In the following example, you can see that we can access the request method to ensure that it is the correct one.

match instead of expectOne

If you want to test a series of requests you can use match instead of expectOne. This approach can be the case of a complex service method that chains multiples call.

In the example below, we issue two calls directly in the test, but you can use this approach to test service methods that would issue multiple call, like for example using forkJoin.

You’ll pass a matcher function to the match method, and match will collect all matching requests. If you return true, you will get all the issued requests so far. Note that match doesn’t fail the spec if there are no matches, it’s just used to collect a call, you can write your expectations once you grabbed it.

match different requests

If for some reasons you wanted to segregate different calls you can even have multiple matches as shown below.

We now have two lists of calls. This example demonstrates that you have lots of flexibility using the match method.

What about URLs with params?

Glad you asked. expectOne expects an exact URL that doesn’t contain URL parameters. If you expect /posts it would not match /posts?page=1. If you need that level of granularity, for example, you want to ensure you pagination logic issues the right parameters, then you can use match in conjunction with request.params or request.urlWithParams. Et voilà!

And a few more useful attributes

The expect match function signature is the following:

The HttpRequest class has more useful parameters you can use when you write your tests. Here is a more extensive use

Requests and responses

Making sure your application issues the proper requests is important, but mostly your unit tests will make sure your app knows how to deal with actual server responses. When unit testing you are testing the various layers of your application, and the goal here is not to “test” the server, we reserve that for integration testing. The goal is to exhaustively test that your component can deal with a representative list of scenarios, for example, a spec that returns an empty response, a response with one record, another with many records, a server or network error. Not only is writing unit tests is faster than in-browser debugging with the usual “save, reload the browser, click here and there” cycle, particularly if you use tools like wallaby.js or do focused testing (by using fit or fdescribe instead of it and describe).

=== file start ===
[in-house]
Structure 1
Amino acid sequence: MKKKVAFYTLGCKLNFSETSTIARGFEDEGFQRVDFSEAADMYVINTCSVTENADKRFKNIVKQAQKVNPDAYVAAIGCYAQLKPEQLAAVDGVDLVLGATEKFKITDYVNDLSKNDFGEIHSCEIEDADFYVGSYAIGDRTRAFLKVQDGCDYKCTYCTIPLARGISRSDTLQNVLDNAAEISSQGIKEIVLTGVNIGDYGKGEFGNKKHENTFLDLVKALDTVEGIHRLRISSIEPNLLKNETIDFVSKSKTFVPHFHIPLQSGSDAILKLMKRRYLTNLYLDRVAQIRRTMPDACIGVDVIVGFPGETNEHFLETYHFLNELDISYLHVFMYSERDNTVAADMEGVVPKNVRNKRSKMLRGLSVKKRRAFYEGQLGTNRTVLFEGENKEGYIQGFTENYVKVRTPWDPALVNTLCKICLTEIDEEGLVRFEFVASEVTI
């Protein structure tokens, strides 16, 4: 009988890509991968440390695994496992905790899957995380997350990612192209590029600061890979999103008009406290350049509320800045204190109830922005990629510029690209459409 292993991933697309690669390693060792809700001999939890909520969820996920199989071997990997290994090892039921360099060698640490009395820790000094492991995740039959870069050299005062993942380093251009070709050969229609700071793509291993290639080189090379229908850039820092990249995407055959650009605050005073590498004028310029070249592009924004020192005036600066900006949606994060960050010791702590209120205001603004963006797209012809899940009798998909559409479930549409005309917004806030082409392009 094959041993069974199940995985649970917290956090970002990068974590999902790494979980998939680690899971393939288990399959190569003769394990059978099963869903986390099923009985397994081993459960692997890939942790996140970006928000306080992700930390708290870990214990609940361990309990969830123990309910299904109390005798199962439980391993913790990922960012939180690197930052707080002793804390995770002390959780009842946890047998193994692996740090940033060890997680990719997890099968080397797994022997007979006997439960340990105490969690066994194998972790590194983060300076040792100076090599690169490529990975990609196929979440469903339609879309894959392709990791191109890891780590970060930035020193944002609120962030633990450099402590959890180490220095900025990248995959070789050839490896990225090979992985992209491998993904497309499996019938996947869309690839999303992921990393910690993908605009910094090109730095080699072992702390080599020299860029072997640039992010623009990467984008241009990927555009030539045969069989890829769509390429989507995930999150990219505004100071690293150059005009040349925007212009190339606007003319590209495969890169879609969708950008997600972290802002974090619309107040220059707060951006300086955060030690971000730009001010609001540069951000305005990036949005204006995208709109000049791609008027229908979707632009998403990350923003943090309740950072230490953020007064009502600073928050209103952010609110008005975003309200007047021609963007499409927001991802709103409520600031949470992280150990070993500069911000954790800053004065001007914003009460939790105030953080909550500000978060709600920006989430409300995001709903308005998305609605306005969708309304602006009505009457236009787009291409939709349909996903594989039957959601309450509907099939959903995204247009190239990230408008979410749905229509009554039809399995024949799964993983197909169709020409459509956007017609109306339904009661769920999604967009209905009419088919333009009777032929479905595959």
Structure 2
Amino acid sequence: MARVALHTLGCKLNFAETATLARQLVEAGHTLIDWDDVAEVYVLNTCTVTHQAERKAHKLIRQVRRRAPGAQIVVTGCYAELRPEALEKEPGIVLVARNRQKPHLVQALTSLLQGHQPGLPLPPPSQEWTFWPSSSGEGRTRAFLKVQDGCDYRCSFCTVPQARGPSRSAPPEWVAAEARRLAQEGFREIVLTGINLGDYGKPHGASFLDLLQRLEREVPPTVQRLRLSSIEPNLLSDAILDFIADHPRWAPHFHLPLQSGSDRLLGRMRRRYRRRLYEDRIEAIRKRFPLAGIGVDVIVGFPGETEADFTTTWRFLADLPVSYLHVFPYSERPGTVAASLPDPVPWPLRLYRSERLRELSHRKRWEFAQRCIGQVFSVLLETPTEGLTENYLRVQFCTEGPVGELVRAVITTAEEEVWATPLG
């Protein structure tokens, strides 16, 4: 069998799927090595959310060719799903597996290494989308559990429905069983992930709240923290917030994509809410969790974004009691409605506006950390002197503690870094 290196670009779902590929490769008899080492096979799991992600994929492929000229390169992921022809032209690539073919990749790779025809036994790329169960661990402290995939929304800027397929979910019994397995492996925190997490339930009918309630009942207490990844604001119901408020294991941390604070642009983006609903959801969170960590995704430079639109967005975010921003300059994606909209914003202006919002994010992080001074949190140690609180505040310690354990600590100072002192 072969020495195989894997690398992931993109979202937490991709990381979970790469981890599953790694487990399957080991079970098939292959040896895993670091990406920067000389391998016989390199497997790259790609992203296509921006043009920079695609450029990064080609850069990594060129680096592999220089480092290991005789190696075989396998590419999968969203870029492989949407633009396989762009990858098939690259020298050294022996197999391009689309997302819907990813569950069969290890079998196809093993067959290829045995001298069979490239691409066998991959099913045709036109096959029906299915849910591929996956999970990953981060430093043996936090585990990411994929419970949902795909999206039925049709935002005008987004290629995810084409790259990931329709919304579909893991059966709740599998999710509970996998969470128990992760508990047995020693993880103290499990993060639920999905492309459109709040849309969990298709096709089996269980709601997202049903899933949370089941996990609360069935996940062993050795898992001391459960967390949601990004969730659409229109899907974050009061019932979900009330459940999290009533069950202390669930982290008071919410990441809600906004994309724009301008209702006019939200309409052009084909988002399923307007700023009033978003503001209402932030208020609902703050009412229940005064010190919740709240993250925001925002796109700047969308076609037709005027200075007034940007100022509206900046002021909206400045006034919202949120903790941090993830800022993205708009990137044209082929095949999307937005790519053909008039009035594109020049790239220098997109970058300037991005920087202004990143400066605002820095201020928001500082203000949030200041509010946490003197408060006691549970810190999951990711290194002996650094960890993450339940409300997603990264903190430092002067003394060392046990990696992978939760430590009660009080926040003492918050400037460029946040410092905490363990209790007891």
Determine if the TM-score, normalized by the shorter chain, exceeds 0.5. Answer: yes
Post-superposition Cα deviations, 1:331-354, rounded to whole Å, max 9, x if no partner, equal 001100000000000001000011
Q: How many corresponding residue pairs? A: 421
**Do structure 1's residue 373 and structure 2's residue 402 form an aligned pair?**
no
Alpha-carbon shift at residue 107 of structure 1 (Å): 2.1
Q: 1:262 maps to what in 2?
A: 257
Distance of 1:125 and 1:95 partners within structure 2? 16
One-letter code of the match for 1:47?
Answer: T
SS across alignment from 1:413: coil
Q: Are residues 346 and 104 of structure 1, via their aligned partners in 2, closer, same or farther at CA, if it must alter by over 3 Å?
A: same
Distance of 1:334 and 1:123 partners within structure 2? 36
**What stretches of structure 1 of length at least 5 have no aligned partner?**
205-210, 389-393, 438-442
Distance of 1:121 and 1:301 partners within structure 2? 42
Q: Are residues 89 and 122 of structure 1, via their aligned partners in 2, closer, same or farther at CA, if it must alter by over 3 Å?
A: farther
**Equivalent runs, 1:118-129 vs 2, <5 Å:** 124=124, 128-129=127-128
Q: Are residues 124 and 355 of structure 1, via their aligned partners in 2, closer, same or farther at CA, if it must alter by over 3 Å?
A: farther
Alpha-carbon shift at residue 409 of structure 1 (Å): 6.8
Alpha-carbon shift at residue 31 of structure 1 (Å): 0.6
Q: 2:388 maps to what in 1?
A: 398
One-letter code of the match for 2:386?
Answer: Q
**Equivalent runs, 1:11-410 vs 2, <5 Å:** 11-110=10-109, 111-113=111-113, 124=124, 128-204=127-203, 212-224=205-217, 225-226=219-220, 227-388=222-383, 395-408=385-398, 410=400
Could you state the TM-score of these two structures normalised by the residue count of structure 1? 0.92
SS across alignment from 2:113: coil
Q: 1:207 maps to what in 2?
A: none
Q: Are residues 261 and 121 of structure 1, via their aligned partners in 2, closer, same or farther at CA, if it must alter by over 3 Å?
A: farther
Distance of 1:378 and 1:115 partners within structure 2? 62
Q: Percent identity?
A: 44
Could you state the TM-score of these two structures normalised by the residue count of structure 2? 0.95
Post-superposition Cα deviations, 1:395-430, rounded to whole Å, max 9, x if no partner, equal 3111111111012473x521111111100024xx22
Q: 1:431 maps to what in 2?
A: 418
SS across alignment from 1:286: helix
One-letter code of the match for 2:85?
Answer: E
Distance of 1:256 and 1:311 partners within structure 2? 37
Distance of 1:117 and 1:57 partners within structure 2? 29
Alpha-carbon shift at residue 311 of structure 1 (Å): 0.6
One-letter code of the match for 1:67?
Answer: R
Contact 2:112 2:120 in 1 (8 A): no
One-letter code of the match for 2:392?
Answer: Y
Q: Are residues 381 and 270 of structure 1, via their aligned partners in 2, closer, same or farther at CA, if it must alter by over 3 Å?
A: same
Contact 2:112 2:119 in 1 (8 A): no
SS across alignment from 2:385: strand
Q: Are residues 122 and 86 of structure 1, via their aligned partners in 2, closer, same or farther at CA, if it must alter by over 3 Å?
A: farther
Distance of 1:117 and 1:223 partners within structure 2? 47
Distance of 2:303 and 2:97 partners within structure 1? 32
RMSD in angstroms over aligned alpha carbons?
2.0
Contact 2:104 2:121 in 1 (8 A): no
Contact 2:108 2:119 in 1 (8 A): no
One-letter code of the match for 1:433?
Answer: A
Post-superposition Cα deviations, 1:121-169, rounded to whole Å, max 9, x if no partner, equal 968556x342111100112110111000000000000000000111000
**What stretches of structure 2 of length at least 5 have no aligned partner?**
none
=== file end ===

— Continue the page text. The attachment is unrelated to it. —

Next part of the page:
An easy way to get the JSON for a server response is to use Postman, Curl, or the Chrome console to copy the real JSON returned by a specific request. Then you can use that JSON as the response content from your test. You can turn JSON into a Typescript file, or use the JSON directly in your spec if the payload is not too large. I mostly have a fixture folder with many files named something like get_policy.json.ts that declare a constant that is the payload. You may also want to have integration tests that verify parts of your application against a real server, but this is outside the scope of this article.

One aspect to consider when writing test is to test actual code and not just the framework. For example, in a service spec, if you return a response to an http.get request that does not transform the response in any way, then you didn’t test anything other than the response you provided in the first place, which would be pointless. If on the other hand, your service does data transformation, then your test has value and allows to ensure that your code works properly. For component testing that involve services, I see many developers mock the service calls. I find it as efficient to simply flush the expected response using our mock backend (HttpTestingController) and ensure that the component behaves as expected.

Now let’s look at a few examples.

Flushing a response

So when calling expectOne or match, our mock backend returns an instance of TestRequest that has the following methods

  • flush
  • error
  • event

These methods allow emulating a variety of results. In the example below, the call to getAll() returns an array of blog posts and we ensure that the expected length was returned and most importantly that our date transformation code works.

Creating a post